Distichochlamys M.F.Newman and Myxochlamys A.Takano & Nagam. are sister genera to Scaphochlamys with several unique characteristics clearly separating them from Scaphochlamys (Newman 1995, Searle and Hedderson 2000, Kress et al. 2002, Ngamriabsakul et al. 2004, Takano and Nagamasu 2007). However, the distinction, based on morphological characters, became ambiguous as several taxa described recently exhibit exceptions to the usual generic characters. For example, S. calcicola A.D.Poulsen & R.J.Searle, a species named in 2005 from Sarawak, has a distichous inflorescence, a distinguishing character for the genus Distichochlamys M.F.Newman. Larsen and Newman (2001) also reported another Scaphochlamys species with a distichous inflorescence from north Peninsular Malaysia. A current study on the morphology of Scaphochlamys also revealed that some species display the characteristics of Distichochlamys and Myxochlamys. To test the validity of the current generic concept of Scaphochlamys and closely related genera Distichochlamys and Myxochlamys, we have examined their relationship by utilising ITS and matK markers together with the analysis of the morphology across these genera.

Materials and methods

Morphological study

The morphological study was based on living plants in the forest, cultivated plants in the nursery of the Forest Research Institute Malaysia and specimens in the herbaria of AAU, BKF, C, FI, E, K, KEP, KLU, PSU, SAN, SAR and SING. A total of 372 herbarium specimens were examined in this study which includes 29 Scaphochlamys species and four Borneocola species (the types of another four Borneocola species were not yet deposited in the herbaria).The morphological characters examined in the study were habit; position of the rhizome, thickness and colour; height of leafy stem, its base (whether swollen to form a bulbous base); distance between leafy stems; characters of bladeless sheath such as colour, indumentum, number and length; ligule length, indumentum and shape; petiole length, indumentum, whether channelled or rounded in cross section; number of leaves per leafy stem; lamina colour on both surfaces, size, shape, venation, texture, indumentum, apex and base; length of the inflorescence and infructescence, arrangement of the floral bracts on the rachis, characters of floral bracts and bracteoles (colour, indumentum, texture, shape); size, colour and shape of calyx, floral tube, corolla lobes, labellum, staminodes, stamen, ovary.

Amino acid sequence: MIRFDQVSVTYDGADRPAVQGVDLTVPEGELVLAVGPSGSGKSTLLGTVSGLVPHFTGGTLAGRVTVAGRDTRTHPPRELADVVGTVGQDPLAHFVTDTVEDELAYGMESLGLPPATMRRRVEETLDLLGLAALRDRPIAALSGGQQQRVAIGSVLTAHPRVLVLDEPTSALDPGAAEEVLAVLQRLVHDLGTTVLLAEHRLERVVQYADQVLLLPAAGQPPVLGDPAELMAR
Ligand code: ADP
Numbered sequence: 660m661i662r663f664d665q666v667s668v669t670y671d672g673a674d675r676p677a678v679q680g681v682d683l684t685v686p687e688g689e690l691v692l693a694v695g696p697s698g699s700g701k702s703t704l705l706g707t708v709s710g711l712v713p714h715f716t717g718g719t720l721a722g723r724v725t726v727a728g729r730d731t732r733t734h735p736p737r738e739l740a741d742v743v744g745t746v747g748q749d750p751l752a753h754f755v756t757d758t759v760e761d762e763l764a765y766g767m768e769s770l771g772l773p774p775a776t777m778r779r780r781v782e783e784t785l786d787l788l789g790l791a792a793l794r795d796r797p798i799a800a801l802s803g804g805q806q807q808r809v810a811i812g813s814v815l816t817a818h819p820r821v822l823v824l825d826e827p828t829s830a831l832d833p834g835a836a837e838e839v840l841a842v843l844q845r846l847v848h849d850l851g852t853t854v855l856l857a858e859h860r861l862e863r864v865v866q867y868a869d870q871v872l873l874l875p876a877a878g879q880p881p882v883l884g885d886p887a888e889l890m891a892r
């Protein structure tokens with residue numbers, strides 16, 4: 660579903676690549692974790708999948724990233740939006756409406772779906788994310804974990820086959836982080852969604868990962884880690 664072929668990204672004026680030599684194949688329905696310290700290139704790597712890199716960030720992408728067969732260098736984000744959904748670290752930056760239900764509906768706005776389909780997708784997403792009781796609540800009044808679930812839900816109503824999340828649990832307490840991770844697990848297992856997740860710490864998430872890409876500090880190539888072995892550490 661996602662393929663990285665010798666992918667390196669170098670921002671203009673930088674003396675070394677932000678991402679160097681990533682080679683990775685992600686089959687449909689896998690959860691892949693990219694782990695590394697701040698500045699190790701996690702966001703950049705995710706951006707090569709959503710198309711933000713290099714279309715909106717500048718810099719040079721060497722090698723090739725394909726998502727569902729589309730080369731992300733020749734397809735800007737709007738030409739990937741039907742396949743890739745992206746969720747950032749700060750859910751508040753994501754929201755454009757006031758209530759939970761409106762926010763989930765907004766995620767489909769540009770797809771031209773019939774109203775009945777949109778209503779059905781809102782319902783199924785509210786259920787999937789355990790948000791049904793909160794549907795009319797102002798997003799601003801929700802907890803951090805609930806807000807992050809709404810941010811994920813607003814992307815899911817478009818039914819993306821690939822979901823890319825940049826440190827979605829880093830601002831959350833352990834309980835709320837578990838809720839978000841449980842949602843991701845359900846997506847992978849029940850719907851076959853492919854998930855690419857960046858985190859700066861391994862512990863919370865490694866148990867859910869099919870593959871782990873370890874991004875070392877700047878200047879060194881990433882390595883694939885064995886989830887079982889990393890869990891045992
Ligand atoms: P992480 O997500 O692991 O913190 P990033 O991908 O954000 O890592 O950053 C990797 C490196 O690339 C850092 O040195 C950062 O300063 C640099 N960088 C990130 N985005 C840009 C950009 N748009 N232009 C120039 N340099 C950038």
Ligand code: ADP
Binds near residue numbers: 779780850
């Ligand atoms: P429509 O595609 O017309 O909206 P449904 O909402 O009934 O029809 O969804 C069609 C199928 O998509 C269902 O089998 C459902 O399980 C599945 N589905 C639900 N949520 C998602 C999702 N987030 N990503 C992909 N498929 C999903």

DNA extraction, amplification and sequencing

Fresh leaves from the cultivated plants or silica-dried materials from plants collected in the field were used for genomic DNA extraction.

For the ITS, the genomic DNA was extracted using the DNeasy Plant Mini Kit (Qiagen, Valencia, California, USA) following the manufacturer’s protocol. Two primers, ITS 5P (5’-GGAAGGAGAAGTCGTAACAAGG-3’) and ITS 8P (5’-CACGCTTCTCCAGACTACA3’) (Moller and Cronk 1997) were used to amplify the ITS region during the polymerase chain reaction (PCR). The thermal cycle of PCR for the amplification of the ITS sequences is initial denaturation at 94°C for 2 minutes, 40 cycles of denaturation at 94°C for 30 seconds, primers annealing at 48°C for 2 minutes, an extension at 72°C for 45 seconds and final extension at 72°C for 7 minutes. The PCR products were then purified using MinElute Gel Extraction Kit (Qiagen, Valencia, California, USA).